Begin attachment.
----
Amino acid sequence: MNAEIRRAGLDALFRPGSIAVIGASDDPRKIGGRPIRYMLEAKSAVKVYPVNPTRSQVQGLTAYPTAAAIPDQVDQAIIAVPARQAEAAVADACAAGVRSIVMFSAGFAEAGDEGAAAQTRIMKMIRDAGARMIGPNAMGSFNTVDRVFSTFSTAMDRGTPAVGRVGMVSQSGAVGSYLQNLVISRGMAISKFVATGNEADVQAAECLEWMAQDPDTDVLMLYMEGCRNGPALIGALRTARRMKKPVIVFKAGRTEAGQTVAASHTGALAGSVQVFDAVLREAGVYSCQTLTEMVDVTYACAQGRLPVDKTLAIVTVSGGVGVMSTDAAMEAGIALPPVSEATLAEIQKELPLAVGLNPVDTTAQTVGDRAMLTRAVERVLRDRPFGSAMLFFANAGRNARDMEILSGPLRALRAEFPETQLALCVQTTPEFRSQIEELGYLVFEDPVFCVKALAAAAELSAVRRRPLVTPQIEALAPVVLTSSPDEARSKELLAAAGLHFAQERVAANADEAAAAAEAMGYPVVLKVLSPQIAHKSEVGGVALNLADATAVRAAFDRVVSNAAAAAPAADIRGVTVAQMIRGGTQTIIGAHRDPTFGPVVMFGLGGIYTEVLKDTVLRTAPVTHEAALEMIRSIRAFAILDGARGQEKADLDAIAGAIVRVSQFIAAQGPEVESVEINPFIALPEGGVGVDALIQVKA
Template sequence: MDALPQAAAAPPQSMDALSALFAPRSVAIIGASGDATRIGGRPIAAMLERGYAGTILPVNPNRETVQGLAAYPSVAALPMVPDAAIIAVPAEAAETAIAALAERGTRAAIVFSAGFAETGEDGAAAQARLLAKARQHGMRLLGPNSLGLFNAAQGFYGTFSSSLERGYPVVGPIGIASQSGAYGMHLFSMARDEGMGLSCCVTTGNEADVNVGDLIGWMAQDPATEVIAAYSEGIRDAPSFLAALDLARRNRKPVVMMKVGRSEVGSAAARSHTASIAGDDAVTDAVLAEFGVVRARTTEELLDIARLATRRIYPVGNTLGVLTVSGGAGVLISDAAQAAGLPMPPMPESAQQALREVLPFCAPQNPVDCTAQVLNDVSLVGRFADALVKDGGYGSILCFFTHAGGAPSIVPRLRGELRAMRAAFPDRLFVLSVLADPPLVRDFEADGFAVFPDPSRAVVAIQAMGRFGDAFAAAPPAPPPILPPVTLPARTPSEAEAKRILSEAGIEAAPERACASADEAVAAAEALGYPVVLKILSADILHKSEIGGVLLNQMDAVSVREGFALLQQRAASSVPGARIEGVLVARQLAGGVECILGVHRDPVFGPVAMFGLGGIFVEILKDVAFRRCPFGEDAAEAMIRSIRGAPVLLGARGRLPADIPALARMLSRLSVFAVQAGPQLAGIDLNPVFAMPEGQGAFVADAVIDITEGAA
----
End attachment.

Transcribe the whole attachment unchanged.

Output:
Amino acid sequence: MNAEIRRAGLDALFRPGSIAVIGASDDPRKIGGRPIRYMLEAKSAVKVYPVNPTRSQVQGLTAYPTAAAIPDQVDQAIIAVPARQAEAAVADACAAGVRSIVMFSAGFAEAGDEGAAAQTRIMKMIRDAGARMIGPNAMGSFNTVDRVFSTFSTAMDRGTPAVGRVGMVSQSGAVGSYLQNLVISRGMAISKFVATGNEADVQAAECLEWMAQDPDTDVLMLYMEGCRNGPALIGALRTARRMKKPVIVFKAGRTEAGQTVAASHTGALAGSVQVFDAVLREAGVYSCQTLTEMVDVTYACAQGRLPVDKTLAIVTVSGGVGVMSTDAAMEAGIALPPVSEATLAEIQKELPLAVGLNPVDTTAQTVGDRAMLTRAVERVLRDRPFGSAMLFFANAGRNARDMEILSGPLRALRAEFPETQLALCVQTTPEFRSQIEELGYLVFEDPVFCVKALAAAAELSAVRRRPLVTPQIEALAPVVLTSSPDEARSKELLAAAGLHFAQERVAANADEAAAAAEAMGYPVVLKVLSPQIAHKSEVGGVALNLADATAVRAAFDRVVSNAAAAAPAADIRGVTVAQMIRGGTQTIIGAHRDPTFGPVVMFGLGGIYTEVLKDTVLRTAPVTHEAALEMIRSIRAFAILDGARGQEKADLDAIAGAIVRVSQFIAAQGPEVESVEINPFIALPEGGVGVDALIQVKA
Template sequence: MDALPQAAAAPPQSMDALSALFAPRSVAIIGASGDATRIGGRPIAAMLERGYAGTILPVNPNRETVQGLAAYPSVAALPMVPDAAIIAVPAEAAETAIAALAERGTRAAIVFSAGFAETGEDGAAAQARLLAKARQHGMRLLGPNSLGLFNAAQGFYGTFSSSLERGYPVVGPIGIASQSGAYGMHLFSMARDEGMGLSCCVTTGNEADVNVGDLIGWMAQDPATEVIAAYSEGIRDAPSFLAALDLARRNRKPVVMMKVGRSEVGSAAARSHTASIAGDDAVTDAVLAEFGVVRARTTEELLDIARLATRRIYPVGNTLGVLTVSGGAGVLISDAAQAAGLPMPPMPESAQQALREVLPFCAPQNPVDCTAQVLNDVSLVGRFADALVKDGGYGSILCFFTHAGGAPSIVPRLRGELRAMRAAFPDRLFVLSVLADPPLVRDFEADGFAVFPDPSRAVVAIQAMGRFGDAFAAAPPAPPPILPPVTLPARTPSEAEAKRILSEAGIEAAPERACASADEAVAAAEALGYPVVLKILSADILHKSEIGGVLLNQMDAVSVREGFALLQQRAASSVPGARIEGVLVARQLAGGVECILGVHRDPVFGPVAMFGLGGIFVEILKDVAFRRCPFGEDAAEAMIRSIRGAPVLLGARGRLPADIPALARMLSRLSVFAVQAGPQLAGIDLNPVFAMPEGQGAFVADAVIDITEGAA